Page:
If it seems as if he’s judging you, don’t worry – he is. This bronze sculpture of Dante Alighieri by Ettore Ximenes stands 11 and ½ feet tall amongst thick oak trees in Meridian Hill Park. Set back from the park’s grand 13-teir fountain, Dante hides in his own alcove. If you happen upon him, you will probably be one-on-one, in which case, you will quickly get the feeling that he’s mad and it’s your fault.
Dante has always made my palms sweat. Long before encountering his likeness in Meridian Hill Park, I studied his “Divine Comedy” sophomore year in high school – an intimidating and inaccessible experience. The language was archaic and his message far removed from my interests and understanding of the world at age 14. Who cared what a 700 year old man thought anyway? I was more concerned with what the cute boy behind me in English class was thinking.
As an awkward teenager, Dante was Medieval… literally. He lived before the Renaissance, the original one. Before Lincoln, Washington, and Columbus. He lived before “Italy” and the “United States of America“ were on the map.
Yet, in 1921, Dante served as a symbol of mutual respect between America and Italy, donated by a famous Italian American newspaper editor, Carlo Barsotti. A large group of people, including President Warren G. Harding, gathered on Dec. 1, 1921 to watch the American and Italian flags part ways to reveal the large statue of Dante, wearing a victor’s laurels and holding his “Commedia” close to his body. Newspaper accounts described the event as an “international love feast.”
In the 1930’s, the park’s Italian-style fountain was completed. A native of Florence, Dante fit nicely with the Italian scheme. In the 40’s, Dante heard the new music of Duke Ellington, Ella Fitzgerald and Louis Armstrong light up the air just a few blocks away on U Street. He also watched patiently as our nation was at odds with Italy’s fascist leadership in World War II.
Dante had a front-row seat for the anti-war and civil rights rallies and protests that took place in Meridian Hill Park in the 60’s and 70’s (during which time the park was nicknamed “Malcolm X Park”).
Now, Dante stands quietly as an ideal backdrop for yuppies sunbathing and playing fetch with their dogs on nearby grassy slopes. However, he would’ve felt most at home here in times of social and political unrest.
What I missed in high school is that Dante was a political activist himself. His writing was a potent commentary about the worldly temptations of power and ego and the slippery slope of moral corruption.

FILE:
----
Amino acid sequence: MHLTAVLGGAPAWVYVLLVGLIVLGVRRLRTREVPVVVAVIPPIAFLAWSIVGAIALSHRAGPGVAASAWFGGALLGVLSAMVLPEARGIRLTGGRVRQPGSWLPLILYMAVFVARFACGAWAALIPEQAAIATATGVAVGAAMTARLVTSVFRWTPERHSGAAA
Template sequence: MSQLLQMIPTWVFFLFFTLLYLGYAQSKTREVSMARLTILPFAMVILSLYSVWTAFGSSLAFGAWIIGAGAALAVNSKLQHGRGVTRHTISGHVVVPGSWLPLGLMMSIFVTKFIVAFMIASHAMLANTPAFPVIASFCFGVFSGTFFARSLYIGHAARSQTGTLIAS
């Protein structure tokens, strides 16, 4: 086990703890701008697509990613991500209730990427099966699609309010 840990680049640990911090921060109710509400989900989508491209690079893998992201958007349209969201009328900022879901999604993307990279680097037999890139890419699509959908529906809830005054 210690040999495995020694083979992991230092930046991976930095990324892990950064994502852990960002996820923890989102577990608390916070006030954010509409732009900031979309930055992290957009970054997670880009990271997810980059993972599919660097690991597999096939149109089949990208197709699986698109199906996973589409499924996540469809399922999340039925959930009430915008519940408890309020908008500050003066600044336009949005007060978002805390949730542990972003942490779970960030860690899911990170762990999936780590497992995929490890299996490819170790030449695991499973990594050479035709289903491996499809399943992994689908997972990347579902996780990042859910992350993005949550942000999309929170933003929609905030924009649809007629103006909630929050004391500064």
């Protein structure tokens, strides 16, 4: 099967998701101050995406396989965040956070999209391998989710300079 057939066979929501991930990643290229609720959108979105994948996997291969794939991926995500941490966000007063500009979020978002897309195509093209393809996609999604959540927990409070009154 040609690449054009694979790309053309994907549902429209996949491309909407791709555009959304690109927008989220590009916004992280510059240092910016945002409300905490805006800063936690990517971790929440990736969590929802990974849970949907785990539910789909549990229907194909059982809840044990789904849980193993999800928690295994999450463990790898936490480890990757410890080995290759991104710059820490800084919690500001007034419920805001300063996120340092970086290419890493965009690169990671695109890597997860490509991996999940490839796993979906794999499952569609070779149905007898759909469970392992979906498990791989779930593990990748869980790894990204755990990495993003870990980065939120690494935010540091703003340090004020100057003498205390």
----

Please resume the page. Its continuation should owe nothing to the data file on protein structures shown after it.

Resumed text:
He believed in a separation of church and state and spoke out, eventually leading to his ex-communication from Florence when his political party was out of power. Invited back under disagreeable terms, Dante refused and was estranged from home for life.
For Dante, banishment was form of death, which he described in the Divine Comedy:“You shall leave everything you love most: this is the arrow that the bow of exile shoots first. You are to know the bitter taste of others’ bread, how salty it is, and know how hard a path it is for one who goes ascending and descending others’ stairs…” (Paradiso, XVII (55-60))
Dante died in exile at age 56, but if he were alive today, he’d still be upset, as the same backward corruption he wrote about 700 years ago exists in our world today.
I am reminded of China’s artist Ai Weiwei, who wrote on his blog a few years ago: “What can they do to me? Nothing more than banish, kidnap, or imprison me. Perhaps they could fabricate my disappearance into thin air, but they don’t have any creativity or imagination, and they lack both joy and the ability to fly.”
Although out of prison today, some believe he’s not really free. “You can say that Ai Weiwei was transferred from a small prison to the prison outside,” Gao Wenqian recently told Newsweek, “It’s like there’s a sword over his neck and if he continues to criticize the Chinese government, that sword will come down.”
Artists hold a mirror up to society, but often we don’t like the reflection.
Ai’s physical fate rests in the hands of a government that doesn’t want to look in the mirror. Yet, like Dante, Ai’s spirit speaks louder than intimidation, imprisonment, and even death and he will continue to challenge us and hopefully, incite change.
As Dante described,“The hottest places in hell are reserved for those who, in time of great moral crisis, maintain their neutrality.” If this doesn’t spark a fire under us, we might as well be made of bronze.